The Challenges Of Living Closely Together - Cross Cultural Perspectives
November 12th - 13th, 2021, Mainz
The establishment of permanent settlements opened the way to a rapidly increasing population density, humans (and animals) lived ever closely together; in addition to new possibilities new and multifold challenges arose from these altered configurations. Especially where smaller settlements developed into larger population centers, the possibility of communities to organize themselves along the lines of face-to-face interactions waned, while reciprocal dependencies increased.
While there are many different factors that incentivized people to move into larger settlements throughout the ages, the challenges of living closely together are manifold. They are ranging from a radically altered relationship to the environment, poor sanitary conditions and higher levels of social stress caused by crowding, to organizational challenges such as the logistics of sustaining larger populations, the negotiation of decision-making processes, as well as the experience of internal conflicts and dissent, to name just a few.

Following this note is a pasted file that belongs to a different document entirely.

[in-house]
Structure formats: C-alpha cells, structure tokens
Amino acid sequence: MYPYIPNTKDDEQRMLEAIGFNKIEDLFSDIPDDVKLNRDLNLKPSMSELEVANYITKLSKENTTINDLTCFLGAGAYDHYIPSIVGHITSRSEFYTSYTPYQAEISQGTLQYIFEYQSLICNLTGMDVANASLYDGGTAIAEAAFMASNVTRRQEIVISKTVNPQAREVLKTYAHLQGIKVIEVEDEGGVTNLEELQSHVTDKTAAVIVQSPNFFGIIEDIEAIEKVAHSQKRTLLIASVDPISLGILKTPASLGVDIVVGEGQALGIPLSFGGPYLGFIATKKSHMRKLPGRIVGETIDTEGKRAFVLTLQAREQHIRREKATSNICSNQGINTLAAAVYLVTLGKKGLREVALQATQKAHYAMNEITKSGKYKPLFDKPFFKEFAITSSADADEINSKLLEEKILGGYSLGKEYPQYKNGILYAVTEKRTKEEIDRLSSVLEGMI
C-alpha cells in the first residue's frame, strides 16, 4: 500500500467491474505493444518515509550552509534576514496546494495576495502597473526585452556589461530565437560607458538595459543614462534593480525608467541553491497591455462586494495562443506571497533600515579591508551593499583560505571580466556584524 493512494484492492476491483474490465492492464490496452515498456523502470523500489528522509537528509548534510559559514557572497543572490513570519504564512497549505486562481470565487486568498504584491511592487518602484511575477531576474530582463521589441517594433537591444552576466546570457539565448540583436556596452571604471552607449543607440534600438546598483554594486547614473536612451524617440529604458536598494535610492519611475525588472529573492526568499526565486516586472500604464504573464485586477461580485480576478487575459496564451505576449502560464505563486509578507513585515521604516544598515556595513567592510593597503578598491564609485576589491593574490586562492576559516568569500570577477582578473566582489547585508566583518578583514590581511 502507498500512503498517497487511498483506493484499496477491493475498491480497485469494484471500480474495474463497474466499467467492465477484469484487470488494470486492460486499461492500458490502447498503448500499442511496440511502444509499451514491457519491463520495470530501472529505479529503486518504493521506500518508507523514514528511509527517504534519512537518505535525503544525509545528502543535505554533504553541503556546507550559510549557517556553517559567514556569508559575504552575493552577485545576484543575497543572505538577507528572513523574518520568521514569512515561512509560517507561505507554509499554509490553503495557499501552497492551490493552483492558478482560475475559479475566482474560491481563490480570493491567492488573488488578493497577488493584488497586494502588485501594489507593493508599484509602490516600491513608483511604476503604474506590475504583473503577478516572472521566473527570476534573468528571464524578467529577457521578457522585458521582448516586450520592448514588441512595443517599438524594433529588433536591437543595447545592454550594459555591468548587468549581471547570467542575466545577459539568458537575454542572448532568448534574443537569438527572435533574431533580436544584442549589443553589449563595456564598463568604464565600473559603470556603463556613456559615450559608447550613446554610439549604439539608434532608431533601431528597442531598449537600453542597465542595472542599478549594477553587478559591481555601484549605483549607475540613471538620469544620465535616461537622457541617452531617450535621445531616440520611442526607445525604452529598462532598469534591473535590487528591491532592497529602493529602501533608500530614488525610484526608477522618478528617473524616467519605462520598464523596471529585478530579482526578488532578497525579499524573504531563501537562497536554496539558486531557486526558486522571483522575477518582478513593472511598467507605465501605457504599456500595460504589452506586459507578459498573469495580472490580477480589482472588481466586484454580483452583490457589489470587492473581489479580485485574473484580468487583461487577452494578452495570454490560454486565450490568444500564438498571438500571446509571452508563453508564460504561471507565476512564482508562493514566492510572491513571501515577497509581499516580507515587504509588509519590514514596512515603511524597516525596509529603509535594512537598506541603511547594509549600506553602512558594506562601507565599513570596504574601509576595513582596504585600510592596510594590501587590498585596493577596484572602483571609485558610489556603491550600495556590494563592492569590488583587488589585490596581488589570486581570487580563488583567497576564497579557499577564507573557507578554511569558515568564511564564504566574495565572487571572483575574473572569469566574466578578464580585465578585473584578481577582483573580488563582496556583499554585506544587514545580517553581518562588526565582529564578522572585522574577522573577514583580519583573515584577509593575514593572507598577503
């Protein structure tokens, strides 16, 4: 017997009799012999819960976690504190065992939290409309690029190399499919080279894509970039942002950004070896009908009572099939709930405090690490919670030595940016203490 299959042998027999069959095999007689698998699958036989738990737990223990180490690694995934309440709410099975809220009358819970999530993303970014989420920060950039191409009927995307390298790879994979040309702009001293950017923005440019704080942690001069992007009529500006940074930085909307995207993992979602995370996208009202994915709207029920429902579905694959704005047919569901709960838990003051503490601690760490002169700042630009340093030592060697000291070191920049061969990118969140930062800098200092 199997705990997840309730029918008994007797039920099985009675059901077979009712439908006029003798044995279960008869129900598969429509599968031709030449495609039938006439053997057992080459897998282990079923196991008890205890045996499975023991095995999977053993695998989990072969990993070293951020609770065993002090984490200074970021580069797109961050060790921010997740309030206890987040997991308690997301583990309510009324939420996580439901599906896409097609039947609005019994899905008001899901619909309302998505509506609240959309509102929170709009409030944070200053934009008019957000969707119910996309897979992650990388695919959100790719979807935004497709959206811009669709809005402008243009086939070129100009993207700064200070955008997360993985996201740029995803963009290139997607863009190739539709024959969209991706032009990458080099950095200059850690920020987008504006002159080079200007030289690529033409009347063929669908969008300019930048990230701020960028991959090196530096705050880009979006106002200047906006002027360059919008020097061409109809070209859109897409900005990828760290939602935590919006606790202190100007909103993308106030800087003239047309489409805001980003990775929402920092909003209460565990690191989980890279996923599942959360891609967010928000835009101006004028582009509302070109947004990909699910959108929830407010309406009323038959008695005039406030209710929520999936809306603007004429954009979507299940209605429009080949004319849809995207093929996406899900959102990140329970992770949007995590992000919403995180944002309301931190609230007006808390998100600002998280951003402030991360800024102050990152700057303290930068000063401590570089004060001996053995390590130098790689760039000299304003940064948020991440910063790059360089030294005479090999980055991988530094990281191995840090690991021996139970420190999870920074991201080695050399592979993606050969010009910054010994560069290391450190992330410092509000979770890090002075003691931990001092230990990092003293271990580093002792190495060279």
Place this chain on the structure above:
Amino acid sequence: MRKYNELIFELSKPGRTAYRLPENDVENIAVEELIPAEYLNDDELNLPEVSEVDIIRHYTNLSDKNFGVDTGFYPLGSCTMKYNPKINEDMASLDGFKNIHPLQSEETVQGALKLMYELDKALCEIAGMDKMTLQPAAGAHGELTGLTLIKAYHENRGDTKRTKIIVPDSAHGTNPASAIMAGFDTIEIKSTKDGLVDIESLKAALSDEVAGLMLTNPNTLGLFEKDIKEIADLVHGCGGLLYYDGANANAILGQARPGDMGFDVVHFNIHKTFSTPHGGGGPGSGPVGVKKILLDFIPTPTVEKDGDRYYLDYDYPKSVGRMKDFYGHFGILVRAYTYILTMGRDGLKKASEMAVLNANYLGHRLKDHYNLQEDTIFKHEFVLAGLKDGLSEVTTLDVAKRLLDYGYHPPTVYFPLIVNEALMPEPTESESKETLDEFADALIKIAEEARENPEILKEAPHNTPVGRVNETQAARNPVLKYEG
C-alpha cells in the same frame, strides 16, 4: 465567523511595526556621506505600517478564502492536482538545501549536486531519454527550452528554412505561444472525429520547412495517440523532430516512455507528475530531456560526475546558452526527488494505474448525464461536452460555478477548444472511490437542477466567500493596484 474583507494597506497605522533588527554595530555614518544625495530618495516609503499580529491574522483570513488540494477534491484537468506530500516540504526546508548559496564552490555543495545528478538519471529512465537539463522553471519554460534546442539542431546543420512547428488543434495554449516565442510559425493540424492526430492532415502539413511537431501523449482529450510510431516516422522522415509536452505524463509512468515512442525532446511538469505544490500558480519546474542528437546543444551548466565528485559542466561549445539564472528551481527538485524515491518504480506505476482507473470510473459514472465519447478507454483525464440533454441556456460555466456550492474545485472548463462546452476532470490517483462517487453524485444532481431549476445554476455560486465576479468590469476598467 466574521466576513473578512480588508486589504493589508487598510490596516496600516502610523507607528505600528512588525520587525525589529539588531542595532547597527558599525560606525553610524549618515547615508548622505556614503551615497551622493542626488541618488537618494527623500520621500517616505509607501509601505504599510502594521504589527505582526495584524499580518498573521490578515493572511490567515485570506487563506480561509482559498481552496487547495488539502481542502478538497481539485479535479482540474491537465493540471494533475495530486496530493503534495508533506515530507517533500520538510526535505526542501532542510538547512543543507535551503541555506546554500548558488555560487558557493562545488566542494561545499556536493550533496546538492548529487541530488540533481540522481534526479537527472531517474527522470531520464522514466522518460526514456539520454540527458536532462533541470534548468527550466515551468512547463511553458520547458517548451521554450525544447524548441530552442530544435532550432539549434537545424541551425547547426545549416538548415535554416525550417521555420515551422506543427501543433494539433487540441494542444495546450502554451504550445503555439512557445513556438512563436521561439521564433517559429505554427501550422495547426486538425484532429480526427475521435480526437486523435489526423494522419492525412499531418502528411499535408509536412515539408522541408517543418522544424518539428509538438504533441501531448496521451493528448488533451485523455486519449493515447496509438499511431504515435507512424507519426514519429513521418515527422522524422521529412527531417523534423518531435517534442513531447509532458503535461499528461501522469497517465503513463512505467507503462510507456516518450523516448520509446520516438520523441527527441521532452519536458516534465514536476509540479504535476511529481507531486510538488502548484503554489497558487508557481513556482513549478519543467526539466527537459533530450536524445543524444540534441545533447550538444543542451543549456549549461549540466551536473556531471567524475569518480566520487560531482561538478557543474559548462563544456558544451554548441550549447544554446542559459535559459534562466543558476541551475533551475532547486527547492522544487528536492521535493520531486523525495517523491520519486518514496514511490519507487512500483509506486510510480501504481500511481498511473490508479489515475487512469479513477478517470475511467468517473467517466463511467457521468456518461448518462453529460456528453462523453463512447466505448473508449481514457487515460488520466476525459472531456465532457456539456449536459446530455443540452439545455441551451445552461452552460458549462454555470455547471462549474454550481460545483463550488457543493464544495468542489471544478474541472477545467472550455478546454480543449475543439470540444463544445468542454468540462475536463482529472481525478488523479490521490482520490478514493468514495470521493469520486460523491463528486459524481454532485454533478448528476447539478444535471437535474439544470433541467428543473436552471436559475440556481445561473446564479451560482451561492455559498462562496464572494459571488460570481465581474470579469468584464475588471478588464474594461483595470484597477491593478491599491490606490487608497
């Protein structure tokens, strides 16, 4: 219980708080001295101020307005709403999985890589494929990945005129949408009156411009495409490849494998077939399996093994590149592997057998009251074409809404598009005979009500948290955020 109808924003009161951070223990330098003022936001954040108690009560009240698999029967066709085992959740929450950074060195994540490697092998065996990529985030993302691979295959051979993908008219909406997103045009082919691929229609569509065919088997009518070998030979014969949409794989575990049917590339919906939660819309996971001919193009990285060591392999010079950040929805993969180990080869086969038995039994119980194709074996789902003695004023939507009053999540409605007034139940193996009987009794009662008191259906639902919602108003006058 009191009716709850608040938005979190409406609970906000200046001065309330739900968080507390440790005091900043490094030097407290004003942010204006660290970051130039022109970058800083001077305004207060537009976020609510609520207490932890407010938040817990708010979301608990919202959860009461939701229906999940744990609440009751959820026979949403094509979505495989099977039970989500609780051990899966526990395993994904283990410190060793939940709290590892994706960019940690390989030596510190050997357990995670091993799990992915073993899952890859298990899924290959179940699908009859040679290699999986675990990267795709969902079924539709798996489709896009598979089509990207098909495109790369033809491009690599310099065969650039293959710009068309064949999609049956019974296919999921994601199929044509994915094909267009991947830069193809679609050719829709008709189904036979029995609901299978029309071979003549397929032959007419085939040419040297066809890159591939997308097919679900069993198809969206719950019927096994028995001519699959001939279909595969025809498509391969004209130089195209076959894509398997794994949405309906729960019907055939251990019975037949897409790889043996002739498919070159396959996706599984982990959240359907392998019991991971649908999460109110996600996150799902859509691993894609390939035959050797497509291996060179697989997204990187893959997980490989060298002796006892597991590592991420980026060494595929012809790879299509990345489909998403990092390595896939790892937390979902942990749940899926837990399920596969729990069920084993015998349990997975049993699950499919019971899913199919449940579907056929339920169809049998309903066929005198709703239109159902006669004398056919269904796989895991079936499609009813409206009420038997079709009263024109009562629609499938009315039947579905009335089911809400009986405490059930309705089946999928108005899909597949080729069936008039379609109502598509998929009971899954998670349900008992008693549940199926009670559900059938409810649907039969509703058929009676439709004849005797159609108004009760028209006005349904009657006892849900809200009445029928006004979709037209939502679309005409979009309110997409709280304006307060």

In preparation of our workshop, we will invite scholars of pre- and early modern settlements to discuss a particular set of predefined challenges, which will be provided in our upcoming call for papers. Our list aims to facilitate a cross-cultural perspective by offering a simple, yet robust tool to compare urban settlements and other densely populated sites across different periods and geographic regions (without being bogged down by the discussion of defining a city). For their individual contribution, we will ask each invited speaker to either focus on one particular settlement (respectively a group or cluster of settlements) from their field of research or a specific challenge from our list. Considering that our present is marked by an unprecedented degree of urbanization, our workshop aims to integrate a perspective on the challenges posed by the urban experience of the 21st century – the “century of cities” – and how they relate to the range of experience from our global past.
Call for papers: 1st March 2021
For further details, please view Call for Papers 2021.
Click here to see the Preliminary Program.
Event Manager: Kumi-Raine Kost